At its third-quarter meeting in Milan, the Broadband Forum shared advances in its Quality of Experience Delivered (Broadband QED) initiative.
Vendor OutSys -- which says it implements, simplifies and accelerates integration, provisioning, management and testing processes -- performed a "Practical Implementation Demonstration," designed to provide operators with in-depth analysis they can use to further improve broadband experience by going beyond traditional metrics such as latency and jitter.
Broadband Forum also published Application Layer Test Traffic Architecture and Requirements Technical Report (TR-421). This document defines the architecture and requirements service providers' need to specify test traffic and measurements associated with the application layer; this is a critical area for broadband service quality, but it's an area that's traditionally been overlooked, according to the forum.
Broadband QED uses Quality Attenuation to focus on carriers' need for improved performance measures and analysis for their next-gen broadband infrastructure. In addition to common metrics like latency and jitter, Quality Attenuation incorporates newer gauges such as predictability, consistency and reliability. Broadband QED is a framework service providers can use as a skeleton, with distinct components to match against the sources of any performance degradation like packet loss or delay.
"We've had this business model where we take capex to invest in network speed. Applications will arrive and push uses beyond a gigabit. There are all sorts of applications people are looking at… but how many will be mass market and when will they arrive? Gigabit will probably do pretty well for a lot of people for a while," said Gavin Young, head of Fixed Access Centre of Excellence at Vodafone, in an April 2019 interview with Broadband World News when the Broadband QED initiative was announced.
"Rather than spend capex on upgrading someone to higher speeds they may not notice, we may be better off focused on other aspects of the quality of that network," he added. "Having a technique where you can measure that, and more importantly you can mathematically reason about that in an end-to-end fashion and work out where quality might be degraded, where you can improve things, and model that without having to go out and engineer it in a live network and then you can work out before the event how to design things." (See Vodafone: Use Quality Attenuation to Escape Gig Speed Trap.)
The implementation demonstration in Milan featured an emulated small-scale broadband operator network including a subscriber network, access network and core network. OutSys artificially generated network trip-time degradation sources and programmatically adjusted the network to show how providers can conduct measurement and analysis in various situations.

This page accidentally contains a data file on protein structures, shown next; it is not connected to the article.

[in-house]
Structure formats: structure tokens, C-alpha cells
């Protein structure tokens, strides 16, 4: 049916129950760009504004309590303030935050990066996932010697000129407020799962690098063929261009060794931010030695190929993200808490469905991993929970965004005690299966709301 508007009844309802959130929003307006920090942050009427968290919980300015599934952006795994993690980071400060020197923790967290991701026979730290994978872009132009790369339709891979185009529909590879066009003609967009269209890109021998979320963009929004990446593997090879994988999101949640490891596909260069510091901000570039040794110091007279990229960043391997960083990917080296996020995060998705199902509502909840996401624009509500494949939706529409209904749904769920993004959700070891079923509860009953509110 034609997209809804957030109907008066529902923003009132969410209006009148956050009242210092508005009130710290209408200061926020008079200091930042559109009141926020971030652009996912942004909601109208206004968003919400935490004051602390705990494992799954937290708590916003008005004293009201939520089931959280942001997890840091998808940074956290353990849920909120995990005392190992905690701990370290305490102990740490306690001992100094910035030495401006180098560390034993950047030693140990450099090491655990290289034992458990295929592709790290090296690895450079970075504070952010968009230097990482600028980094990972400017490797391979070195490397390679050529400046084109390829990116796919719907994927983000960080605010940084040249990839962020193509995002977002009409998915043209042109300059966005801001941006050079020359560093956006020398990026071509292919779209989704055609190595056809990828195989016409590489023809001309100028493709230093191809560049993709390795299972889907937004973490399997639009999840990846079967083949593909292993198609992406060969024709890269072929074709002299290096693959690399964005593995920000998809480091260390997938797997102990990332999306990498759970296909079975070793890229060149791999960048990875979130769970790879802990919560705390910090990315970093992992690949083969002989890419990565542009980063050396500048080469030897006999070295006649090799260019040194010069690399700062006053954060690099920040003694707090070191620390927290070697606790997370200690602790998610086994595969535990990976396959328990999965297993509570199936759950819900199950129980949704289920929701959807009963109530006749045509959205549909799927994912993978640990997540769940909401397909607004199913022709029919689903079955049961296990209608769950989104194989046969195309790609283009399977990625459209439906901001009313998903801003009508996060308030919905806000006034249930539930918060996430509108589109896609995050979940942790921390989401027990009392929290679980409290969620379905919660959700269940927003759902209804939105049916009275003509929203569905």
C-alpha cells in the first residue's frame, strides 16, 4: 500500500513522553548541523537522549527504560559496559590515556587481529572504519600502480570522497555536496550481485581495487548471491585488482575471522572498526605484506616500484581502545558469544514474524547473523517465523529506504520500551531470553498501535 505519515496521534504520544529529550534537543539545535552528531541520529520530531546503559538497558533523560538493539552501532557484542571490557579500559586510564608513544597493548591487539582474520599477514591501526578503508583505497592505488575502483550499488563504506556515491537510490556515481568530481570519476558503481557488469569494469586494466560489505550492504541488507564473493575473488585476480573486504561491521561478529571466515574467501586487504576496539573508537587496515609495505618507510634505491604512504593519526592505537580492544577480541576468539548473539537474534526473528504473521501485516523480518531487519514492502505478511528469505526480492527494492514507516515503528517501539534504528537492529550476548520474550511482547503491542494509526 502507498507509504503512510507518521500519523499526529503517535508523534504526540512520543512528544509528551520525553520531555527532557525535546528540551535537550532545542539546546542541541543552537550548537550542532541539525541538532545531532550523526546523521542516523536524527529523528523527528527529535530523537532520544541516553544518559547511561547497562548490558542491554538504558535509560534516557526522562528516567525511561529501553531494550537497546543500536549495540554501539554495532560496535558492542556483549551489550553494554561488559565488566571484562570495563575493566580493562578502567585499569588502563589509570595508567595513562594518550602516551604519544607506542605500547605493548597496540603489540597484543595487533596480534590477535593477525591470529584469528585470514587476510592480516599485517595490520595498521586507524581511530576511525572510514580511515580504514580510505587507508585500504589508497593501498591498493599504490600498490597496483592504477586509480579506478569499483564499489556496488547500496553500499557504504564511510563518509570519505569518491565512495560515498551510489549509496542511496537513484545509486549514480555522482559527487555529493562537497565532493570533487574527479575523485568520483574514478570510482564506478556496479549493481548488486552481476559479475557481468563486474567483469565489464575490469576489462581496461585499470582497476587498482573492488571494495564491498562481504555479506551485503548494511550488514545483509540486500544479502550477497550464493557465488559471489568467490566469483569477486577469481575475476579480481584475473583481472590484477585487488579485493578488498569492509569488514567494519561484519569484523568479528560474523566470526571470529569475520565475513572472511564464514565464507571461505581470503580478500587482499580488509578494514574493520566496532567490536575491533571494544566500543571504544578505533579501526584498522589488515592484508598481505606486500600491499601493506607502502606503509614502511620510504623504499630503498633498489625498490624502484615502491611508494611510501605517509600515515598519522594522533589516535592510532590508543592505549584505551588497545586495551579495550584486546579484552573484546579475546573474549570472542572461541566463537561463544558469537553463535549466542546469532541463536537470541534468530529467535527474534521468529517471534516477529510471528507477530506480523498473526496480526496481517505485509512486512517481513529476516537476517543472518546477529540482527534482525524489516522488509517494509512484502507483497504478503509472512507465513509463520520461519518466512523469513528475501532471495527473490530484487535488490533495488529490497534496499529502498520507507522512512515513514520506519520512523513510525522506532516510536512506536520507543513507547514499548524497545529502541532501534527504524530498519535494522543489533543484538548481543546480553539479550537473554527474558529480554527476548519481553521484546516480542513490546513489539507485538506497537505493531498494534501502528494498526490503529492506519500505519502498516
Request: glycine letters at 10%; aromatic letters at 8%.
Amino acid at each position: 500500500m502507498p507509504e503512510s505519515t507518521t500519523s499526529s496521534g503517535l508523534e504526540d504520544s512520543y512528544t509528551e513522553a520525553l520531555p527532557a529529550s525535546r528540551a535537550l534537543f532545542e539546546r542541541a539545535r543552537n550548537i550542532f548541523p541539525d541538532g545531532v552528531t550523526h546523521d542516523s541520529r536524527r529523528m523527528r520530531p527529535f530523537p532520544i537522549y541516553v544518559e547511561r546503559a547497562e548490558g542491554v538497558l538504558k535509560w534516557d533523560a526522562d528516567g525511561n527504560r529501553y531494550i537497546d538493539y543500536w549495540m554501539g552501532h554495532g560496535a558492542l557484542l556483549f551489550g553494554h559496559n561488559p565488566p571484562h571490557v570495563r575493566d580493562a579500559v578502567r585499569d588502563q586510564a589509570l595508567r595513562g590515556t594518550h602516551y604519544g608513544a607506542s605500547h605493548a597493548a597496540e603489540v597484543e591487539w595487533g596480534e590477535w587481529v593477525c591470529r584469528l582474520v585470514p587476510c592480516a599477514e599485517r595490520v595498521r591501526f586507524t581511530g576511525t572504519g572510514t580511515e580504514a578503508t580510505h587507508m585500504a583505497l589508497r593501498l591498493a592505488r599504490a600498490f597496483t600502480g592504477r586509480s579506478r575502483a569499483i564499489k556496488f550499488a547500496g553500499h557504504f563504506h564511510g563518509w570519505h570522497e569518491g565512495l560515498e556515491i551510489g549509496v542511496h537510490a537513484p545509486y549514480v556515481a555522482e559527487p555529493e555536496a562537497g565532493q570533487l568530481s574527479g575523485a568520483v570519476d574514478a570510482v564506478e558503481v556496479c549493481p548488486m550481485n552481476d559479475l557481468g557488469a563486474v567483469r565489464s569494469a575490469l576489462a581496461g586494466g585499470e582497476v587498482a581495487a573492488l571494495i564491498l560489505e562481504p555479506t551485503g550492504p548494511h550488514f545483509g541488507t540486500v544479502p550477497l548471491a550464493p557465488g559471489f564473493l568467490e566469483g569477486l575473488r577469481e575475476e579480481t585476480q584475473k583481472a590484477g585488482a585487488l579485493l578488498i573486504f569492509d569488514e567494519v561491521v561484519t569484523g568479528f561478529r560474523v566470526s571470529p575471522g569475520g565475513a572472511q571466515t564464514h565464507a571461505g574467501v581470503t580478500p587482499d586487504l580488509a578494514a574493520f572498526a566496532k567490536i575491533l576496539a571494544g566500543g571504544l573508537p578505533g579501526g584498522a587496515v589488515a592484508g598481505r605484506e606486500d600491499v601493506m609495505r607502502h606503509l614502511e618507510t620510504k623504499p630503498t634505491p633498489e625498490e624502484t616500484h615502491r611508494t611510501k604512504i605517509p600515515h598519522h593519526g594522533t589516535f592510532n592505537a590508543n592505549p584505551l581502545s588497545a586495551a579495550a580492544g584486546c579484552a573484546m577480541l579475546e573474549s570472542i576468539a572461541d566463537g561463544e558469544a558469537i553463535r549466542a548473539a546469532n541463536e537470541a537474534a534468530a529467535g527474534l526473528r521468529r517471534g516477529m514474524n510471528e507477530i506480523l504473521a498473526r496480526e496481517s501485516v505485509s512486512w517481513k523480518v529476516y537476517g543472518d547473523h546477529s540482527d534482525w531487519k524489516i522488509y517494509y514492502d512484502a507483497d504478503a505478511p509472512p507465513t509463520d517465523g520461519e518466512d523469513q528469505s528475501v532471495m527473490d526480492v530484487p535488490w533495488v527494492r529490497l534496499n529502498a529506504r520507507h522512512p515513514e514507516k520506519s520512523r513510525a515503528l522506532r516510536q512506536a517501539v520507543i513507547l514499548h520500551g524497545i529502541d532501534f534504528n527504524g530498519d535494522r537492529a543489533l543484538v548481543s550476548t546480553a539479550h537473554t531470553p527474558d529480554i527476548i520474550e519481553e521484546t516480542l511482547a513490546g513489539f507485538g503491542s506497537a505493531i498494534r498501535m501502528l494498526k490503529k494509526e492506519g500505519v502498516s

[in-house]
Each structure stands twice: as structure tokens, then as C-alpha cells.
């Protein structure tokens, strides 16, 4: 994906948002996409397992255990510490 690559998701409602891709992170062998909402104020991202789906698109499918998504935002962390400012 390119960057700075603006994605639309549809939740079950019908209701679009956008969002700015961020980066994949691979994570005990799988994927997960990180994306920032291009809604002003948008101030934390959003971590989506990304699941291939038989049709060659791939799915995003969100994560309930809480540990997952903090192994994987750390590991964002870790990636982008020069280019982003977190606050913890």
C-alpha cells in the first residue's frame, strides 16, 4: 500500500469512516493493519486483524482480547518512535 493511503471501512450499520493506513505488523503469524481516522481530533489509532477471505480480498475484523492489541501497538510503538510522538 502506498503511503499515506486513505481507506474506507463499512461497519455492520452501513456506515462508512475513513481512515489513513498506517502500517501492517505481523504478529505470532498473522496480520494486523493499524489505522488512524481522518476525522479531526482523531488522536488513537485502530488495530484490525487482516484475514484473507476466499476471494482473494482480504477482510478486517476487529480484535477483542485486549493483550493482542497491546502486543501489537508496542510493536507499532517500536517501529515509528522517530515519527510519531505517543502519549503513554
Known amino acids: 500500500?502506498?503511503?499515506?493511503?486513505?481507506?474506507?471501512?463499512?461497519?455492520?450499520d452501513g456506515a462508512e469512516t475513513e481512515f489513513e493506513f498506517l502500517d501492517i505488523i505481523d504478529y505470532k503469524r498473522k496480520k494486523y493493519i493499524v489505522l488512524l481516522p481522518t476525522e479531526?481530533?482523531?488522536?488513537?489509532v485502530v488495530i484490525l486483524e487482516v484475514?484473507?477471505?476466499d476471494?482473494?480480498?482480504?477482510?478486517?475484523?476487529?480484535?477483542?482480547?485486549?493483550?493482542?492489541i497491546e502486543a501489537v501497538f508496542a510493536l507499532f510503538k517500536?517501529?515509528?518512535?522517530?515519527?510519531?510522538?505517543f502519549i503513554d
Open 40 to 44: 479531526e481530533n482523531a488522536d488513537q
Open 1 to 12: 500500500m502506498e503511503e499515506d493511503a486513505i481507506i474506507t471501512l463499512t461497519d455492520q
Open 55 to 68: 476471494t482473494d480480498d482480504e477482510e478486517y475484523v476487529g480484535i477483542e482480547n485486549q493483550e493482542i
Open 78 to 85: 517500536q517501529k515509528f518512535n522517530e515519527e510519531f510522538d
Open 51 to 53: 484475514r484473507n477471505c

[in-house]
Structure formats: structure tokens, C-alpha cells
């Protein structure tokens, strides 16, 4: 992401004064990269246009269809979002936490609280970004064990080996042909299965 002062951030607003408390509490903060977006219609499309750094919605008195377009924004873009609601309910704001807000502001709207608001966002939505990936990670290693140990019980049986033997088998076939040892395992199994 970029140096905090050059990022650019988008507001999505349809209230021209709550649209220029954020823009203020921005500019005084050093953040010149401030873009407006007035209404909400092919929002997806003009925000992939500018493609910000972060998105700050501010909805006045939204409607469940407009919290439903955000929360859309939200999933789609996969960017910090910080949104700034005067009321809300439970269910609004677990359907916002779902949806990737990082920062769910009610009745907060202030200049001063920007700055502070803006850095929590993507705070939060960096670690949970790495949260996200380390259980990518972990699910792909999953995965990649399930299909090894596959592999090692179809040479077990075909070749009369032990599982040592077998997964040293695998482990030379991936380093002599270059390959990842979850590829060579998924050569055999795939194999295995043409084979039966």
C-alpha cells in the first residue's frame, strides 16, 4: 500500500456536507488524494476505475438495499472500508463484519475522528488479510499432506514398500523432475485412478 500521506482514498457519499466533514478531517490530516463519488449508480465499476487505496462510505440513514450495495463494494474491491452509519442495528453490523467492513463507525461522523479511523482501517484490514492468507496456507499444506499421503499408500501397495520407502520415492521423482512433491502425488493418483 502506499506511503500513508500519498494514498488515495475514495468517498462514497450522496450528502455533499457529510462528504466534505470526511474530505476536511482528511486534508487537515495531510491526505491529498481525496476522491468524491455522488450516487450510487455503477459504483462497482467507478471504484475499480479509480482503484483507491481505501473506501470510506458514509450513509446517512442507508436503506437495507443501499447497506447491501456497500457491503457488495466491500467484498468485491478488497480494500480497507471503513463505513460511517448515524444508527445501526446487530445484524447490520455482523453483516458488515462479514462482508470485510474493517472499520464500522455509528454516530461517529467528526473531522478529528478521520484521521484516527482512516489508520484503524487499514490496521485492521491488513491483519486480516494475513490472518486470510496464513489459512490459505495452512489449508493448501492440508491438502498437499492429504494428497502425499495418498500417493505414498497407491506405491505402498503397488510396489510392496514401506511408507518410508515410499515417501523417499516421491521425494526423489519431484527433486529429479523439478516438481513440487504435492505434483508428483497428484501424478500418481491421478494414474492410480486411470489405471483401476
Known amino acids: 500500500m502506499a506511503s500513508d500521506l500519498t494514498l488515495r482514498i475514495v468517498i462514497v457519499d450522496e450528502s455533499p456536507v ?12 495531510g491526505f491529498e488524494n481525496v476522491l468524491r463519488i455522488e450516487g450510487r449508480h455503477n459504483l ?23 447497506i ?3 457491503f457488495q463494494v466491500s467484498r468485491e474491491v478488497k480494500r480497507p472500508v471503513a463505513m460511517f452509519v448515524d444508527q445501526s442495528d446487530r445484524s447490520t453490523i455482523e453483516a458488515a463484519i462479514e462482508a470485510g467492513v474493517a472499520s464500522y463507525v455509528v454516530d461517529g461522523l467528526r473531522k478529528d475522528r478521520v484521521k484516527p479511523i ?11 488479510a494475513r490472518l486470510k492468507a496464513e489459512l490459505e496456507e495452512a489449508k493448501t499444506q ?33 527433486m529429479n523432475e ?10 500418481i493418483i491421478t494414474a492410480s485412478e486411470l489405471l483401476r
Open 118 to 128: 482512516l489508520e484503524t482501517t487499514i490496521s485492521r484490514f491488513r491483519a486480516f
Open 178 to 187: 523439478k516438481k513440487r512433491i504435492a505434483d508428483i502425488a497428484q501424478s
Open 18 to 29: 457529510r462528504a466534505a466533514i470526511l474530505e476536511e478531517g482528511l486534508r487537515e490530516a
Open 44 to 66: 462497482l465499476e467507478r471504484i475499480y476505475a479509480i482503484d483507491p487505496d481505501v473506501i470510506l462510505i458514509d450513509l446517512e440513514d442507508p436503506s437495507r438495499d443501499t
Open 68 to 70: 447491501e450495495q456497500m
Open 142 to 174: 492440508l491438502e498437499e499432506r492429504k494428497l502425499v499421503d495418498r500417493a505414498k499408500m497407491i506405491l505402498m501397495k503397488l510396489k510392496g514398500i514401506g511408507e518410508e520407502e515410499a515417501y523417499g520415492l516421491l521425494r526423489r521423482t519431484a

"As new applications place increasing demand on networks, we need to look beyond factors such as data rate and ping time to move from a fast network to a quality network where everything just works," said Fabrizio Guidotti, partner at OutSys, in a statement. "The demonstration for Broadband Forum members represents a significant step in achieving this as it shows operators how Broadband QED can be implemented to perform measurements and analysis in different scenarios."
Broadband Forum's TR-421 report also addresses variations in network traffic that different applications may cause. In video streaming, for example, data transmits in chunks, whereas video conferencing programs send more frequent packets of data at regular intervals. When multiple users tap these two applications on the same network, they exacerbate any drop in Quality of Experience (QoE). TR-421 includes use cases which generate test traffic under realistic conditions, conform to defined model parameters and can be repeated, the Forum said.
In a flurry of activity throughout the week, Donald (DJ) LaVoy, Deputy Under Secretary for Rural Development at the US Department of Agriculture, and his team spent about $145.8 million in the non-urban or suburban areas of seven states.
Calix reported revenue of $120.19 million – up 4% – in Q4 2019, putting a bounce in the step of company president and CEO Carl Russo and a shine to Calix's ongoing transition from hardware vendor to a provider of platforms enabled by cloud, APIs and subscriber experience.
Looking to curtail e-waste and improve the bottom line, BT will require customers to return routers and set-top boxes, although subscribers will not have to pay a fee when they receive regular broadband equipment.
Deploying DOCSIS 3.1 across its entire footprint gave Rogers Communications the ability to offer speeds of up to 1 Gbit/s,
contributing to a broadband segement that generated about 60% of the Canadian operator's $3.05 billion (US) in Q4 cable earnings.
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